As we talked about in an earlier blog, one of the most important things to take care of before a hurricane is your home’s trees and landscaping. You want to preserve the beauty of these trees, but at the same time you don’t want their branches to turn into debris during a big summer thunderstorm or hurricane.
So what should you watch out for this summer? Here are a few of the most common potential hazards:
Codominant stems: What are codominant stems? The term may be unfamiliar, but you’ve probably noticed them in neighbors’, friends’ or even your own yard. Codominant stems are weakly attached branches that “stemmed off” from the base of the tree, causing a split in two different directions. When the codominant stems share included bark and continue to grow, they become more vulnerable to breakage and detachment from the tree.
Codominant stems aren’t ideal, but you can do something to prevent the branches from breaking off, without necessarily having to cut down the tree altogether. Contact your local arborist and see if you can secure the stems with steel cable, or if there’s another way to limit the risk of breakage.
New or young trees: While a young, growing tree may not be large enough in size to damage your home, you’ll still want to take measures to protect the tree itself. Wood posts or stakes to help the tree stand up better to high winds may be what you need.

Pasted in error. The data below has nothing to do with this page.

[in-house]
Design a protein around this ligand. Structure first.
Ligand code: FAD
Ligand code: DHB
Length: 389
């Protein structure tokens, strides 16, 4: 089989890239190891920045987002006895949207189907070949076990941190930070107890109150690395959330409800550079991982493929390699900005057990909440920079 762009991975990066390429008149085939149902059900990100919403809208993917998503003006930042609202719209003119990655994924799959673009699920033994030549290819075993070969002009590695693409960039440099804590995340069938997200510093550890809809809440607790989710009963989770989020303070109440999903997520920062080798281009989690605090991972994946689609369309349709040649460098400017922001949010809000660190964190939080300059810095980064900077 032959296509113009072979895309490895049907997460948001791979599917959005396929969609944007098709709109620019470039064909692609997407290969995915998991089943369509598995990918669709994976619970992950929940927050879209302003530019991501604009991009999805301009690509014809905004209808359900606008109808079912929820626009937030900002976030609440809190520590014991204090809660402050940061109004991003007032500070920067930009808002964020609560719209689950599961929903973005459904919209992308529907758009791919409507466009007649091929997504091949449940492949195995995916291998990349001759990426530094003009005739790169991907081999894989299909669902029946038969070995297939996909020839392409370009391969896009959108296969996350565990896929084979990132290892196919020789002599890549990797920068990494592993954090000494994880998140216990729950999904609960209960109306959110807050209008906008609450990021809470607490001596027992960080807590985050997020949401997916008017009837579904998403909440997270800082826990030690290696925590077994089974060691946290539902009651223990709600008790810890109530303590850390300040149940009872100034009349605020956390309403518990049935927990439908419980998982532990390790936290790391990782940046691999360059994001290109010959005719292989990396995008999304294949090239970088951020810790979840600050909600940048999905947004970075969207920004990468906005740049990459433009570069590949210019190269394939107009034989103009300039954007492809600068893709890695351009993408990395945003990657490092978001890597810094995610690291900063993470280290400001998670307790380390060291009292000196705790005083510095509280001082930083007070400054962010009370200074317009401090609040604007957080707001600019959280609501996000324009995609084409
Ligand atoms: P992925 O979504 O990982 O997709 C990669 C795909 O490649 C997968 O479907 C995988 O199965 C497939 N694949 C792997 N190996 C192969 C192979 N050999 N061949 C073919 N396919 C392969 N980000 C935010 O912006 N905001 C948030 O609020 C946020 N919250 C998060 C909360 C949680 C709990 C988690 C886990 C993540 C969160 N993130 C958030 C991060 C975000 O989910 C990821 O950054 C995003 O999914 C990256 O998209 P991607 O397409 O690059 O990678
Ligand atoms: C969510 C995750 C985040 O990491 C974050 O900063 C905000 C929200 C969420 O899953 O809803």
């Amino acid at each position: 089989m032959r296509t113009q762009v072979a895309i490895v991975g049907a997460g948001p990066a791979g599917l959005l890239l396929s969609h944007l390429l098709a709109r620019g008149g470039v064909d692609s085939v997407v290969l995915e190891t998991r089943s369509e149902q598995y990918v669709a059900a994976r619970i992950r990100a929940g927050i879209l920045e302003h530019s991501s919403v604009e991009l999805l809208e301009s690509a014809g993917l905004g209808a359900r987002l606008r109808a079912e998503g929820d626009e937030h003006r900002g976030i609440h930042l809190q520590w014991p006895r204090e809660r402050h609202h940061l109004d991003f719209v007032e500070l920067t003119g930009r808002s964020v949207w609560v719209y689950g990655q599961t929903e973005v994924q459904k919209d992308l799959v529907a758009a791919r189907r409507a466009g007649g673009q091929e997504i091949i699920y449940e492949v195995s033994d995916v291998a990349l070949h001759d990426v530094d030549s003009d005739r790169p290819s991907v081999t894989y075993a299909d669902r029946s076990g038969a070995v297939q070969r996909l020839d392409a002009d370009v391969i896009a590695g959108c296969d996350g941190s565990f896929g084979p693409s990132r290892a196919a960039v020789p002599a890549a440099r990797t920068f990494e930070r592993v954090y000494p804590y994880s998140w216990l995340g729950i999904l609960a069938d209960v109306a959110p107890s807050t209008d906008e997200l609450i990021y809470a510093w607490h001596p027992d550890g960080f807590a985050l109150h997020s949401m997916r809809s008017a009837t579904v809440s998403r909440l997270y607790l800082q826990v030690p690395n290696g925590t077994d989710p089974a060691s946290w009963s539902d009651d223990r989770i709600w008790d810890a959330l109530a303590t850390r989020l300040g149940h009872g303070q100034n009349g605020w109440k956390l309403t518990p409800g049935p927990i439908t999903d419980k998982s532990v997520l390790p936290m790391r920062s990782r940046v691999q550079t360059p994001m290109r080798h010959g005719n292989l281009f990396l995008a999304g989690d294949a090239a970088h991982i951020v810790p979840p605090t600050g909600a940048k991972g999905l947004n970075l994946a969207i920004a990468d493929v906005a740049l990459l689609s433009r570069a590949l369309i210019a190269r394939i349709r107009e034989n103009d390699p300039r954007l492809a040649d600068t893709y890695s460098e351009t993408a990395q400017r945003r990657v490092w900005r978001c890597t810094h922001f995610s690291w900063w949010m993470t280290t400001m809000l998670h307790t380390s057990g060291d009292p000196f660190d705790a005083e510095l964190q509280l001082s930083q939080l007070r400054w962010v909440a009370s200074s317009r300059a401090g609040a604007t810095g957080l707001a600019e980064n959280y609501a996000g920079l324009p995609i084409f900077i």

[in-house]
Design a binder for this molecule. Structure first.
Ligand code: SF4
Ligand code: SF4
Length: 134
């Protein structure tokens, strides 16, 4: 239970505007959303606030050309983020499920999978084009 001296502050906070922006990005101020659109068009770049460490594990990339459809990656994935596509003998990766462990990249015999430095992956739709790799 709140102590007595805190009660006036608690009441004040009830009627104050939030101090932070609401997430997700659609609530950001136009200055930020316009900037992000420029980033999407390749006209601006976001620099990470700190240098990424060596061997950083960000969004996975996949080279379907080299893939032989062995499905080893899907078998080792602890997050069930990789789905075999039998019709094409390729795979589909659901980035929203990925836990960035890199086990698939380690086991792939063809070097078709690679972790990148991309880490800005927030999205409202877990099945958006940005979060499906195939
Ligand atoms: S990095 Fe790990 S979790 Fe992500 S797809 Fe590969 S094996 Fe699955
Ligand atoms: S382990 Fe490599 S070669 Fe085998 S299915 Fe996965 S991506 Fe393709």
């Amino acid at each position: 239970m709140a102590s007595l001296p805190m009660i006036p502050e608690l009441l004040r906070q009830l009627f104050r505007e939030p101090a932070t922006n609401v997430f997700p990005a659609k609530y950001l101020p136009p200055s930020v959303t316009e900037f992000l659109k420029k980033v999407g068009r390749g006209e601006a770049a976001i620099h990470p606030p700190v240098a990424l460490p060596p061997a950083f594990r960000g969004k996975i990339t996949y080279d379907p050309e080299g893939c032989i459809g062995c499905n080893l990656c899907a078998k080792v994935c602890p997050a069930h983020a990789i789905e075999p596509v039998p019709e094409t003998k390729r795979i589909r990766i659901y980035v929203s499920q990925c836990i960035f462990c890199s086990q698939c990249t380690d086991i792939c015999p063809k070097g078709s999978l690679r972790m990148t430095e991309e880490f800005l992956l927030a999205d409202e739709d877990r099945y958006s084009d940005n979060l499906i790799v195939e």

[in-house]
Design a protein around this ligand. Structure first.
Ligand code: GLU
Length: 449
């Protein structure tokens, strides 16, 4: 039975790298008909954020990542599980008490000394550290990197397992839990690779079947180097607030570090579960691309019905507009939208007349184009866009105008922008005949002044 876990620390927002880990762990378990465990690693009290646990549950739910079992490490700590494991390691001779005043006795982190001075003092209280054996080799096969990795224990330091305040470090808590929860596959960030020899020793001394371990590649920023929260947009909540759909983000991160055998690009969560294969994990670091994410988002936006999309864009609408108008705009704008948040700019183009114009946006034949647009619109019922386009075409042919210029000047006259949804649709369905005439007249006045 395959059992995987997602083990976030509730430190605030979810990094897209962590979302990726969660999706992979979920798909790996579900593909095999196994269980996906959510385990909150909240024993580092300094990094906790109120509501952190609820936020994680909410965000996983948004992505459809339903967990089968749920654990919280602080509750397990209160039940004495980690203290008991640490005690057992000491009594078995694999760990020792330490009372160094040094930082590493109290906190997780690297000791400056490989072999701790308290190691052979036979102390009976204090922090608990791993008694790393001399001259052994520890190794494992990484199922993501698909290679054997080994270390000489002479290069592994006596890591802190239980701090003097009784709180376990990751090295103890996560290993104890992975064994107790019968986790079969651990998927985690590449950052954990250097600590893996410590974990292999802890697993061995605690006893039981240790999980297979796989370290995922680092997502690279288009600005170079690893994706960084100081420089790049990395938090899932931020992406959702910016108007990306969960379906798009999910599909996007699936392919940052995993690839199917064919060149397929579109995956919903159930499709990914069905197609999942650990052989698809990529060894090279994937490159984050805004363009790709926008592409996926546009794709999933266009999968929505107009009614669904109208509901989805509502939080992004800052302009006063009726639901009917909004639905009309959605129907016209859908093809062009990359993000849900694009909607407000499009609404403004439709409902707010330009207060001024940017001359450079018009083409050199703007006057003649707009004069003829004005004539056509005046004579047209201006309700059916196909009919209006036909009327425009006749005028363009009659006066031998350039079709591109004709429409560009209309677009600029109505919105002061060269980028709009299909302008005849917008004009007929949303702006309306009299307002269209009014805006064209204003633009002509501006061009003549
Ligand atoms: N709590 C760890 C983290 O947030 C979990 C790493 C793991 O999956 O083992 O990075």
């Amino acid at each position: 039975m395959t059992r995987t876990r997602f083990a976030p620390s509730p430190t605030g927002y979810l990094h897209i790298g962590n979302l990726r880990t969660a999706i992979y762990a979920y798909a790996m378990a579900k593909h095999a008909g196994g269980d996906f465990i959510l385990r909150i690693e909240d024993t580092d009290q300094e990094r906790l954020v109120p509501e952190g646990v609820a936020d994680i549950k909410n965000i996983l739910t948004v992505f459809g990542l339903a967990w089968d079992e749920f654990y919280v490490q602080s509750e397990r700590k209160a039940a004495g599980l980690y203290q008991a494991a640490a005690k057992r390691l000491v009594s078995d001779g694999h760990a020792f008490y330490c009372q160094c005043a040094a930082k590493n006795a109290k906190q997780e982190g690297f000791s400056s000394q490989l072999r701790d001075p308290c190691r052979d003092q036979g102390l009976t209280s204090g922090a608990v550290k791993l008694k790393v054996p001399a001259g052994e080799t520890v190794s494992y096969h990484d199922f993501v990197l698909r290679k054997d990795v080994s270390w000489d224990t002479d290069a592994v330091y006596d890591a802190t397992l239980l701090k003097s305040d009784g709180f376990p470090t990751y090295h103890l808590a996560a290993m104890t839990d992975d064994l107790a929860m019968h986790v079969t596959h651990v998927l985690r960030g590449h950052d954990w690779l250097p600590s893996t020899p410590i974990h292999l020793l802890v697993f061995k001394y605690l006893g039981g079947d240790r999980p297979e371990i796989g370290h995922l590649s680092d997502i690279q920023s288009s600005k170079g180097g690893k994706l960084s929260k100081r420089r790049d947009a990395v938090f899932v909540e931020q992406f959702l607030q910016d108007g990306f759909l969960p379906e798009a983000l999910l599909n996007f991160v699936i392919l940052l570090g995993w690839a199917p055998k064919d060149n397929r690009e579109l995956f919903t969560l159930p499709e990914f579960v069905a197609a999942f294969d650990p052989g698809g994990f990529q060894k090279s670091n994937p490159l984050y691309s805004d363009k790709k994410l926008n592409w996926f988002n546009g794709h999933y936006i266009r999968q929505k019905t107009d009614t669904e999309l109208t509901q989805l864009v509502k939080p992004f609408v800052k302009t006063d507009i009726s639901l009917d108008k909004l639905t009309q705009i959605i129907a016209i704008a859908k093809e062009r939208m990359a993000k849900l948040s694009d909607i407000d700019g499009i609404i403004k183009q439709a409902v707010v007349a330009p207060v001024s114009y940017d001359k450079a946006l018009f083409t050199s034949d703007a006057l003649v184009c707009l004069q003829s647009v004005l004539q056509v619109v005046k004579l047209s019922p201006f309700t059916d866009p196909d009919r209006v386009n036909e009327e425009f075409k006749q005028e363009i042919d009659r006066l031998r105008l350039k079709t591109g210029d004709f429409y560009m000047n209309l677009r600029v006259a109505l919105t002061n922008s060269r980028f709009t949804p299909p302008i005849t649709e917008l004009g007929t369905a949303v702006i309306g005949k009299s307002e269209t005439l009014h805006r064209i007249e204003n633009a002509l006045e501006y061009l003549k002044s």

Full, dense canopies: A lush, dense canopy is beautiful… it’s what we all want for our trees! But the rich green cover may be concealing weak or overgrown branches that can turn into debris during a storm. You or an arborist should thoroughly check out the canopy for such branches and trim them if necessary.
Freestanding trees: Trees on their own are a little less apt at standing up to high winds. You may want to consider supporting the tree with wood posts and trimming the branches to ensure that none are pulling the tree in one direction.
While you obviously won’t have time to grow a new set of trees for that added protection, it is something you may want to think about in the future. Clusters of trees can serve as a wind barrier for your home, making them a natural choice for Florida homeowners!
Decaying wood: Checking your tree for signs of decay is a good practice any time of year. These signs can include fungi growing at the base of your tree, unusual holes, bark falling off, rotting wood and more. You will want to identify the cause of decay before picking out a product to help fight it—you may need a fungicide, for instance, to control decay caused by mushrooms or a pesticide to clear out bugs. Your tree can be surprisingly resilient and can grow past a decay problem when you find it early enough.
Never think you have to tackle tree issues on your own—and you may find that anything beyond a simple branch trim is better reserved for professional arborists, anyway! In any case, the best thing you can do is to be observant of your trees and respond if you see something unusual. This hurricane season doesn’t have to mean the end of your beautiful landscape!